Press Review, Friday, 8 February 2008
Radio Netherlands gives a roundup of today's press.
Press Review, Friday, 8 February 2008
by Mike Wilcox
Care for the most vulnerable in society is a topic covered by many of today's papers.
NRC Handelsblad reports research covering 59 nursing homes for elderly dementia patients. It indicates that the psychiatric symptoms differ in similar groups of patients depending on the institution. For example, in one unit, nine out of ten residents display violent behaviour, whereas in another, it is only one in six. The same goes for other problems such as apathy, depression and anxiety.
Nursing expert Sytse Zuidema explains: "I knew it mattered how the patients felt and that it wasn't good if lack of staff meant that there are no activities. But I wasn't aware that it had such a major effect."
De Volkskrant reports that an experiment to forcibly detain tramps who are suspected of having psychiatric problems has failed. It was designed to help the estimated tens of thousands of people thought to be living rough because of mental problems. However, only 87 people have been forcibly taken for observation in clinics since the trial began two years ago.
One reason for this was a legal ruling that a person could not be held against their will without a proper medical diagnosis. This, to a large extent, made the trial unworkable. An expert in the field is quoted as saying: "When the measure was introduced, I thought, 'this will come to nothing.' And I was right."
Trouw covers a success in a related field. Research shows that the prospect of rewards helps junkies kick the habit. A group of 35 long-term drug addicts who had previously failed to stay clean followed an intensive programme for six months. When they produced 'clean' urine, they were given rewards ranging from train tickets to fitness centre subscriptions.
Twelve of the junkies appear to have completely stopped taking cocaine. A doctor thinks the method could also be used with problem psychiatric patients: "I'd back rewarding a certain group of people for taking their medicine. In the end, it would save money and reduce the need to keep people locked up. It's also ethically justifiable," he says.
The AD reports that 323 men who underwent prostate tests at a hospital in Leiderdorp since 2005 may have been infected with diseases including hepatitis or HIV. Two weeks ago, a surgeon noticed dirt on an instrument used for taking biopsies. The system of cleaning and infecting instruments seems to have been at fault. A hospital spokesman played down the probability that any infections had actually occurred.
However, the paper says this is the latest in a series of incidents involving infected medical instruments in the Netherlands. Apparently, the Health Care Inspectorate is launching a national inquiry. An spokesman tells us: "We want to find out if there's a link between all these incidents".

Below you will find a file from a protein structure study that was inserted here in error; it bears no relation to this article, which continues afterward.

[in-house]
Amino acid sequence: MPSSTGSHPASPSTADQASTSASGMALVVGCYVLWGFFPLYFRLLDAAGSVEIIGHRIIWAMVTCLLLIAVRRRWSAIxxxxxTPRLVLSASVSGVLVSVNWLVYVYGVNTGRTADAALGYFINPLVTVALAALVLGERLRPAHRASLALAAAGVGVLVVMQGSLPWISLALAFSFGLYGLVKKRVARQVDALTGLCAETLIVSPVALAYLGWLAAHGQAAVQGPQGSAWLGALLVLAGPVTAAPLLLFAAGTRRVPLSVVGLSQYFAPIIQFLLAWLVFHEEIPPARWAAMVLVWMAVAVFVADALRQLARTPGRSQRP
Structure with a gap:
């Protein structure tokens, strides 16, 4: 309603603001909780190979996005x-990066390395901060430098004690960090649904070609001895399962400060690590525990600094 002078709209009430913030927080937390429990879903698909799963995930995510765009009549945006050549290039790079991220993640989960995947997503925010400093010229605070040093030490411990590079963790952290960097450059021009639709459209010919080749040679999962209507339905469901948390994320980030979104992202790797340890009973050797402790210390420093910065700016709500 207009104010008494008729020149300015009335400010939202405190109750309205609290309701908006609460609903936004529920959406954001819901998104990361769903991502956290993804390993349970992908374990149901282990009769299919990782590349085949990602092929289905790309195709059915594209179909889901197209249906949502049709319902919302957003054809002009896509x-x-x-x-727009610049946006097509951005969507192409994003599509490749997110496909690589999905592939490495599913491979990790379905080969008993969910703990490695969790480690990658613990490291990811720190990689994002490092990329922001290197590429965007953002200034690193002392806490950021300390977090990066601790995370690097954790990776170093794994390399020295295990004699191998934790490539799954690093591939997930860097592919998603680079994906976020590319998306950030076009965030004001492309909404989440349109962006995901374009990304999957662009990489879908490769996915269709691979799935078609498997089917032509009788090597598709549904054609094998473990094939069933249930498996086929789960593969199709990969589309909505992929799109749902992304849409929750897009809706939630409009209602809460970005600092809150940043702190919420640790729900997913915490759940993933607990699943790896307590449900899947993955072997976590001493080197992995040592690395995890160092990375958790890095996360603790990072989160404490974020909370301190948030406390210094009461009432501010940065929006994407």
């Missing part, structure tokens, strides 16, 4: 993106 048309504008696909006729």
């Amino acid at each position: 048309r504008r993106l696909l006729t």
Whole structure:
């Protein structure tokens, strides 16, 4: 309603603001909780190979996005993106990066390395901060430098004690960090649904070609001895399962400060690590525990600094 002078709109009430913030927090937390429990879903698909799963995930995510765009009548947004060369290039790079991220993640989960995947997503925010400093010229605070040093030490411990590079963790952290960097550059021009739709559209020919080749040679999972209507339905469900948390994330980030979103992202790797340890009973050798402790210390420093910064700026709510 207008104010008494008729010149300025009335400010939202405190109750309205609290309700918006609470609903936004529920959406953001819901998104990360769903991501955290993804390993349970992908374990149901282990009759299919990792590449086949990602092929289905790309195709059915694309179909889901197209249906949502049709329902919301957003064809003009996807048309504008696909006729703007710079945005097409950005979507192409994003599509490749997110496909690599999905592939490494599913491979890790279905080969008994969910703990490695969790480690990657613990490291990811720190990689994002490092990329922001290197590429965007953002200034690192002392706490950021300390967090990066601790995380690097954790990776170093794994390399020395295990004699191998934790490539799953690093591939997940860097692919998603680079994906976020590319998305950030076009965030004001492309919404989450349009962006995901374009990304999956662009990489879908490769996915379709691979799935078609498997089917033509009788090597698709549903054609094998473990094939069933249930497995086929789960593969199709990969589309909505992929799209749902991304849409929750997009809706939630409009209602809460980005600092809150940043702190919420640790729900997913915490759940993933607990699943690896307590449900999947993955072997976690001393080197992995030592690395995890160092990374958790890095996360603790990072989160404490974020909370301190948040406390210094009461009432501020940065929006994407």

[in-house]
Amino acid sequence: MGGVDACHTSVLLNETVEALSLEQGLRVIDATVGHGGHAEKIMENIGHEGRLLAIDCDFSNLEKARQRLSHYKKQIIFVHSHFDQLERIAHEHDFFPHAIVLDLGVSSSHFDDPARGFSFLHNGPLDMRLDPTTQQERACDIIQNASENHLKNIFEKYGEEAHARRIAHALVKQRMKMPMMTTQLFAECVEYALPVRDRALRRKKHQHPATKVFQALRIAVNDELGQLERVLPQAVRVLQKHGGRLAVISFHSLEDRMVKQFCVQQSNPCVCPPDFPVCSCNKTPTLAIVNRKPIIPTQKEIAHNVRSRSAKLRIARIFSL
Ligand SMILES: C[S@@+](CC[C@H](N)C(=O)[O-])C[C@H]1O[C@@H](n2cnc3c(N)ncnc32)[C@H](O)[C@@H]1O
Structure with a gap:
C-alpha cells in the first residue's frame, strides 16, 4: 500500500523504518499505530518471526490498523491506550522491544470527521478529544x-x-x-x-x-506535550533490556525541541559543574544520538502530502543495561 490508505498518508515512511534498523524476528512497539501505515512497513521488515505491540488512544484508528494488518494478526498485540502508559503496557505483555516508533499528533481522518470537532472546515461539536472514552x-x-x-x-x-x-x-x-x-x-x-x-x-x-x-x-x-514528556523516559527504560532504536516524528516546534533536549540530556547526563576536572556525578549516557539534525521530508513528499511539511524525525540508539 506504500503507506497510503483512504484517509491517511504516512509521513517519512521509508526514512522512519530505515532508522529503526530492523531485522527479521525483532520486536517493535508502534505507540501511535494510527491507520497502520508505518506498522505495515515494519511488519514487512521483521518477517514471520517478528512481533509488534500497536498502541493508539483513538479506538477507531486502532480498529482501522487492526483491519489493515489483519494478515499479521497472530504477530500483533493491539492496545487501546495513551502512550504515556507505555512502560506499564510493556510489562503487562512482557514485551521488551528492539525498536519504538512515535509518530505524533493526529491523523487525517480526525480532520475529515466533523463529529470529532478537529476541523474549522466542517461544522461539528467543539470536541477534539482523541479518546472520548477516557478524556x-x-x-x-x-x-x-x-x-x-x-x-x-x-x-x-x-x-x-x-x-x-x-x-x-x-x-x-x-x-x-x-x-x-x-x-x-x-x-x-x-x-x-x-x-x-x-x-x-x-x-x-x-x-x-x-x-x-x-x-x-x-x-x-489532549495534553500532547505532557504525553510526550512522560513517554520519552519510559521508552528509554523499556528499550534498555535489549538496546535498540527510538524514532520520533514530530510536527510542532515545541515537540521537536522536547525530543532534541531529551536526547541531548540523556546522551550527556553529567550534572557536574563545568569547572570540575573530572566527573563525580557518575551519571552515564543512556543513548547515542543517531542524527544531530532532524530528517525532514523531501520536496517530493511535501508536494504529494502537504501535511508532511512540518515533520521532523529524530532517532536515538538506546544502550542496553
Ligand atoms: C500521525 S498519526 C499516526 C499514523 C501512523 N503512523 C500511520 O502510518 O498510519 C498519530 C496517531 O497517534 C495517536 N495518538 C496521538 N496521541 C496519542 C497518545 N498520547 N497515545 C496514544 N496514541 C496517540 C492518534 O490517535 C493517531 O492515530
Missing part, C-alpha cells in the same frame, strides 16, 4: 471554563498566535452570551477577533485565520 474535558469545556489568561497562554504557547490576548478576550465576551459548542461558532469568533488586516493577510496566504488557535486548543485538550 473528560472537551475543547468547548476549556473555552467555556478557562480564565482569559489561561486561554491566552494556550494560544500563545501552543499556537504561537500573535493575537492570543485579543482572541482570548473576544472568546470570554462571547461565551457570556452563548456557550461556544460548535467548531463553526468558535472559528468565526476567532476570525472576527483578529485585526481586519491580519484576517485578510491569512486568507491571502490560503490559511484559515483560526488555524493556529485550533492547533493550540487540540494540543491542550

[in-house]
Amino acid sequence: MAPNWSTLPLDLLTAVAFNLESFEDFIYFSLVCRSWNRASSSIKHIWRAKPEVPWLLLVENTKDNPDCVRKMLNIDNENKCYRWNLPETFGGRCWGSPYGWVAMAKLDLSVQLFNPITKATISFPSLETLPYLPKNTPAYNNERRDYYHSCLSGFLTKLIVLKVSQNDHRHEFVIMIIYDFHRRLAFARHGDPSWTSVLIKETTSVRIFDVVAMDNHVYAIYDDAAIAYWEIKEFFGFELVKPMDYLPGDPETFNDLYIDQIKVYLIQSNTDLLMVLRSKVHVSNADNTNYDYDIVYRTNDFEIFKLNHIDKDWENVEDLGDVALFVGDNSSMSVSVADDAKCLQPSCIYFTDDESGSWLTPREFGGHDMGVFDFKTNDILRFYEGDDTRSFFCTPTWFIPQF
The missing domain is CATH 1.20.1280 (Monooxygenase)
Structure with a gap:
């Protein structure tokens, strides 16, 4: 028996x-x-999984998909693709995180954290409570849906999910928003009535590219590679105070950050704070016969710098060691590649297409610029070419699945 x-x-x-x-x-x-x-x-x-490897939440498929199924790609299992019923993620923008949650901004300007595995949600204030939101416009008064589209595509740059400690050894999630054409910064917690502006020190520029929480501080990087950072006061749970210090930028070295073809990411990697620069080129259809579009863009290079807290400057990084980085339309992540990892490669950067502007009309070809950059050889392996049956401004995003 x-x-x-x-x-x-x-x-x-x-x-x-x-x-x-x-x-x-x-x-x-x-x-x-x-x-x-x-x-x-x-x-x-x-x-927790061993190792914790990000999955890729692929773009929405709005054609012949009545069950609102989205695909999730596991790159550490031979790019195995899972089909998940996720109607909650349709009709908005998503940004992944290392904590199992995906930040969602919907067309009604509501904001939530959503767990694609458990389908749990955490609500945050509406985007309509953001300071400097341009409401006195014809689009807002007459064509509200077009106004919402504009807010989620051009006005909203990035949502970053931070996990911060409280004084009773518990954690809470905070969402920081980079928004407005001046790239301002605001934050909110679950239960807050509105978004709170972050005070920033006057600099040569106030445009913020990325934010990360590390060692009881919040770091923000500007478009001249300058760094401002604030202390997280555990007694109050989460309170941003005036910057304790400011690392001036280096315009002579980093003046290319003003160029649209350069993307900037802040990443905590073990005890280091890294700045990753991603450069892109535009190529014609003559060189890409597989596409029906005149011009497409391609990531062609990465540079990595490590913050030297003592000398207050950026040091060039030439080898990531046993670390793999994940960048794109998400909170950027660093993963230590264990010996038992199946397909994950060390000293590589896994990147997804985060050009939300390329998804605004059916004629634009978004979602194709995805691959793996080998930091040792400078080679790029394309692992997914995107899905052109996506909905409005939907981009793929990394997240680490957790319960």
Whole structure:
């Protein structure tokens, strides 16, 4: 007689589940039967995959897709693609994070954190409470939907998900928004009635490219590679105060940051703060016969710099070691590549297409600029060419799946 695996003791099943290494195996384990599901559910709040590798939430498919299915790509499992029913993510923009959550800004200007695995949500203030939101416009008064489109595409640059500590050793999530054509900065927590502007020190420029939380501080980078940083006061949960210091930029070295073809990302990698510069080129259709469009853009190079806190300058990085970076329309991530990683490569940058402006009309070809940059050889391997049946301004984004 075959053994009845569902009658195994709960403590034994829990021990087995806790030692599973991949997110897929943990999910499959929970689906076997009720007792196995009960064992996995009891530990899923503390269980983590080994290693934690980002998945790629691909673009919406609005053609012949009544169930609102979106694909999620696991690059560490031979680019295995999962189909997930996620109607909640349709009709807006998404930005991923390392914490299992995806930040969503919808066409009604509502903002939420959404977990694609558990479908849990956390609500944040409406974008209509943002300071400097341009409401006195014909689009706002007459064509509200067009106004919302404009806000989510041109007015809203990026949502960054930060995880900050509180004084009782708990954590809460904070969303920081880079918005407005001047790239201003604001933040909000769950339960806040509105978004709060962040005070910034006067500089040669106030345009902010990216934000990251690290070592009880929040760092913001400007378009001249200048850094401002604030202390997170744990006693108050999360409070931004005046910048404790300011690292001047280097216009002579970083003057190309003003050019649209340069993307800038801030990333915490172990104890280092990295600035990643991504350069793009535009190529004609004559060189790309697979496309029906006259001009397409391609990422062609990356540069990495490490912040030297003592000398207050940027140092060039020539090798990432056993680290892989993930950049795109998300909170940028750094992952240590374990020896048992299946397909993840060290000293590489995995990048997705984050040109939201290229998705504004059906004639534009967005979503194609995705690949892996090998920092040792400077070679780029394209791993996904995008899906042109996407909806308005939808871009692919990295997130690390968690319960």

The AD also informs us, as if we didn't know, that it's official that there's a "mild flu epidemic" in the Netherlands at the moment. Last week, the number of reported cases hit 61 for every 100,000 of the population.
However, the paper gives us some rather nasty information. It seems the majority of those affected are under four years of age. There's also good news. A doctor says that "people who have had a flu vaccination are well protected against the particular strain that's going around."
NRC Handelsblad reports that a famous brand of Dutch vodka is going global. The Nolet family firm has distilled Dutch gin for over 300 years and employs 180 people in Schiedam in the west of the Netherlands. It is now launching a joint venture with the world's biggest drinks concern, the British Diageo group, to market its vodka.
Since 1991, Nolet has been producing Ketel One Vodka for the US market. Diageo is paying 610 million euros for a 50 percent share in the new venture and will take the vodka to the its outlets worldwide. Nolet director, Jan IJff assures us the distillery will remain in Schiedam: "That was a basic condition," he tells the paper. "Schiedam is our home and an incredibly important part of our brand."
Many of today's papers cover a protest by residents of Amsterdam's red-light district against city council plans to clean up the neighbourhood. An AD headline puts it succinctly: "The red-light district is a prostitution zone - that's that!". "I was born and brought up here," says an angry resident. "The whores are my friends. I won't have some snotty-nosed little councillor telling me what should and shouldn't go on here!"
De Telegraaf reports on the launch of a petition calling on MPs to scrap the BIBOB Act. The law allows councils to rescind the permits of businesses it suspects of practices such as money laundering. However, no hard legal evidence is required under the BIBOB regulations.
[copyright Radio Netherlands 2008]
Subject: Dutch news